DUBAI – Hawkamah, the Institute for Corporate Governance, is expected to issue a ‘standardised template’ for restructuring Islamic bonds this year, executive director Dr Nasser Saidi said.
Hawkamah was created for the region, by the region, and of the region to bridge the governance gap by assisting the region’s countries and businesses in developing and implementing sound, well integrated corporate governance frameworks.
The Islamic finance industry seeks more uniformity and the new template for Sukuk Ijarah will ease the cost of issuing the debt and also strengthen the Islamic finance business, Dr Saidi said.
“The market needs for standardised instruments,” said Dr Saidi, who is also chief economist at the Dubai International Financial Centre, or DIFC. “If you have a standardised document, it will encourage more issuers to start issuing sukuk,” he told reporters at a news conference on Wednesday. It will also lower the cost of issuance, he added.
The Dubai-based institute, which is working with the Bahrain-based International Islamic Financial Market, or IIFM, is planning more Islamic bond templates after that, he said.
Earlier at the news conference Hawkamah issued policy brief on corporate governance for Islamic banks and financial institutions.
The policy brief highlights the improvements required in the corporate governance frameworks and practices of Islamic Banks and Financial Institutions in MENA taking into consideration international practices and standards developed by various Islamic finance standard setting bodies and in the light of the Global Financial Crisis and its lessons for the banking and financial industry.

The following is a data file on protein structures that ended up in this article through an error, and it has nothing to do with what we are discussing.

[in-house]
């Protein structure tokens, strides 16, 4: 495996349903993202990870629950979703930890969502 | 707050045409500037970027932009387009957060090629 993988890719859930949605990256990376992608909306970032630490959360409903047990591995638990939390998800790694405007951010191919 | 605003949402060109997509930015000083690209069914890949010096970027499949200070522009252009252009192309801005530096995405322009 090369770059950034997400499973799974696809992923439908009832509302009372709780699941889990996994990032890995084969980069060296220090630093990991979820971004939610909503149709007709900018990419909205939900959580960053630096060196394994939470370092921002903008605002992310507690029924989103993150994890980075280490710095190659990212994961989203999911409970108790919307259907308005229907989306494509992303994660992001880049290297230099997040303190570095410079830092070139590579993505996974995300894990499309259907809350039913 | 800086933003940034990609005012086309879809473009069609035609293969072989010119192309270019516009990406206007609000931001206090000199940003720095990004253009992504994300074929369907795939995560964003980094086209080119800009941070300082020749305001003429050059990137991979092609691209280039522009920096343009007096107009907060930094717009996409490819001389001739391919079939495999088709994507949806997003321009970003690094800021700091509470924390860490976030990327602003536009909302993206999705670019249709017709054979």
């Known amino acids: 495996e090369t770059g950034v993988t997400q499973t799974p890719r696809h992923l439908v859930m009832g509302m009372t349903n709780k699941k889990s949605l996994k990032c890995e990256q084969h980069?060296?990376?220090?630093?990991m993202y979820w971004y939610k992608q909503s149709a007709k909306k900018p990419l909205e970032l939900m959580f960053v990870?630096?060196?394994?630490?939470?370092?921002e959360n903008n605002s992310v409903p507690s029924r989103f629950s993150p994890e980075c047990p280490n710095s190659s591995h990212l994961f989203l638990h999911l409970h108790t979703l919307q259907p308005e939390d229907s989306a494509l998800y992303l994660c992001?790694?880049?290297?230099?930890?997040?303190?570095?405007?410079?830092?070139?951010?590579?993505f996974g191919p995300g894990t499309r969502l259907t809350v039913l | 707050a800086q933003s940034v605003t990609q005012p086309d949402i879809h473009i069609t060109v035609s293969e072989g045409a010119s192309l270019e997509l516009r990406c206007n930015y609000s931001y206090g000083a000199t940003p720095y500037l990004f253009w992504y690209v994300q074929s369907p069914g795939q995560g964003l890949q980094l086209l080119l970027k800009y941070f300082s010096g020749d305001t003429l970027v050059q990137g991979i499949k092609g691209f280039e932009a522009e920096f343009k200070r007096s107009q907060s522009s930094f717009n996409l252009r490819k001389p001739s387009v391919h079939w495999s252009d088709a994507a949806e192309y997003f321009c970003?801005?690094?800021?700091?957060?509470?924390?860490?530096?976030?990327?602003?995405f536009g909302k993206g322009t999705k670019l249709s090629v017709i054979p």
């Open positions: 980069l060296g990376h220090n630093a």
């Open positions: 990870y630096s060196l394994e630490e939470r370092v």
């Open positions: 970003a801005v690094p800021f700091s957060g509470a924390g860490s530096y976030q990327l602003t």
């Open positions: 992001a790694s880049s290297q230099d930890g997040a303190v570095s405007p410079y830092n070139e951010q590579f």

Dr Saidi said: “The Global Financial Crisis and its aftershocks has taught us that strong corporate governance is essential for the development of a vibrant and sound Islamic banking industry. Effective corporate governance practices are essential to achieving and maintaining public trust and confidence in the banking system, which are critical to the proper functioning of the banking sector and economy as a whole.”
This policy brief identifies the corporate governance implementation gaps in the Islamic Financial Institutions industry in region and lays out specific recommendations to bridge this gap. These include defining clearly the role and responsibility of the Shariah Supervisory Board (SSB) members to include being responsible for the Shari’a compliance of the product or transaction from the product development stage, through to its implementation, carrying out a SSB evaluation, arranging for a continuous professional development program for Shariah Scholars, putting in place a succession plan for the SSB members and enhancement of the disclosure rights of the Investment Account Holders, to name a few.
“We acknowledge the support of the Accounting and Auditing Organisation of Islamic Financial Institutions who are one of the drivers for standardisation in the Islamic Finance Industry,” he said.
“The regulation of Islamic Finance needs to be aligned with the regulation of conventional finance to the maximum extent while remaining consistent and compliant with Shari’a requirements. Research suggests that the global Islamic finance is in excess of $1.1 trillion, which is a growing portion of global financial markets. Islamic finance should be used in developmental and infrastructure projects as well and become an integral part of public finance instruments. This way, the Islamic communities can participate to their full advantage in mainstream international finance and capital markets,” he added.